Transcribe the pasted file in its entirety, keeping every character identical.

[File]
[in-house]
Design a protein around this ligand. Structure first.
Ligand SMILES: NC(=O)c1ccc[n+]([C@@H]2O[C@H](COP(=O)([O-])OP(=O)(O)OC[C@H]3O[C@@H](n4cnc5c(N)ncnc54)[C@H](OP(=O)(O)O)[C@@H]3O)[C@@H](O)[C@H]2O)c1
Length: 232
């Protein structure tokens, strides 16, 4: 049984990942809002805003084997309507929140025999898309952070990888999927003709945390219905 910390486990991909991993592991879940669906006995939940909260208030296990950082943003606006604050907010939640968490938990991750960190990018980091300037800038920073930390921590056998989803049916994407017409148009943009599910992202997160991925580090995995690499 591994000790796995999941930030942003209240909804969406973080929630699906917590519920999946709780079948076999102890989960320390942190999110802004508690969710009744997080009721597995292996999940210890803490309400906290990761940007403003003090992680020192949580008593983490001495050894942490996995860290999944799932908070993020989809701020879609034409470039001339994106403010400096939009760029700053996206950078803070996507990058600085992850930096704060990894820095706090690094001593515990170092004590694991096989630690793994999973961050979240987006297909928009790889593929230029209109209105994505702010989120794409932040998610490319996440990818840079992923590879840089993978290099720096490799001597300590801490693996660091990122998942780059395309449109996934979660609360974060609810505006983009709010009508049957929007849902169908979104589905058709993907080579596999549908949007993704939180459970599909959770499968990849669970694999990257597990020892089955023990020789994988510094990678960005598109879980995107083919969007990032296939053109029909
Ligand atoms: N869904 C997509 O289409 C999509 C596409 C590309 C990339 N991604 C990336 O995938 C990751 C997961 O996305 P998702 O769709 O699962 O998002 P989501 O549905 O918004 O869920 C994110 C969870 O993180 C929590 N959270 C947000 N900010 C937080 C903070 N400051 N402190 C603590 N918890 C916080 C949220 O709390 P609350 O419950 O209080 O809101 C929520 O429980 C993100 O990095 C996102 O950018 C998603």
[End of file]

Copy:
[in-house]
Design a protein around this ligand. Structure first.
Ligand SMILES: NC(=O)c1ccc[n+]([C@@H]2O[C@H](COP(=O)([O-])OP(=O)(O)OC[C@H]3O[C@@H](n4cnc5c(N)ncnc54)[C@H](OP(=O)(O)O)[C@@H]3O)[C@@H](O)[C@H]2O)c1
Length: 232
């Protein structure tokens, strides 16, 4: 049984990942809002805003084997309507929140025999898309952070990888999927003709945390219905 910390486990991909991993592991879940669906006995939940909260208030296990950082943003606006604050907010939640968490938990991750960190990018980091300037800038920073930390921590056998989803049916994407017409148009943009599910992202997160991925580090995995690499 591994000790796995999941930030942003209240909804969406973080929630699906917590519920999946709780079948076999102890989960320390942190999110802004508690969710009744997080009721597995292996999940210890803490309400906290990761940007403003003090992680020192949580008593983490001495050894942490996995860290999944799932908070993020989809701020879609034409470039001339994106403010400096939009760029700053996206950078803070996507990058600085992850930096704060990894820095706090690094001593515990170092004590694991096989630690793994999973961050979240987006297909928009790889593929230029209109209105994505702010989120794409932040998610490319996440990818840079992923590879840089993978290099720096490799001597300590801490693996660091990122998942780059395309449109996934979660609360974060609810505006983009709010009508049957929007849902169908979104589905058709993907080579596999549908949007993704939180459970599909959770499968990849669970694999990257597990020892089955023990020789994988510094990678960005598109879980995107083919969007990032296939053109029909
Ligand atoms: N869904 C997509 O289409 C999509 C596409 C590309 C990339 N991604 C990336 O995938 C990751 C997961 O996305 P998702 O769709 O699962 O998002 P989501 O549905 O918004 O869920 C994110 C969870 O993180 C929590 N959270 C947000 N900010 C937080 C903070 N400051 N402190 C603590 N918890 C916080 C949220 O709390 P609350 O419950 O209080 O809101 C929520 O429980 C993100 O990095 C996102 O950018 C998603």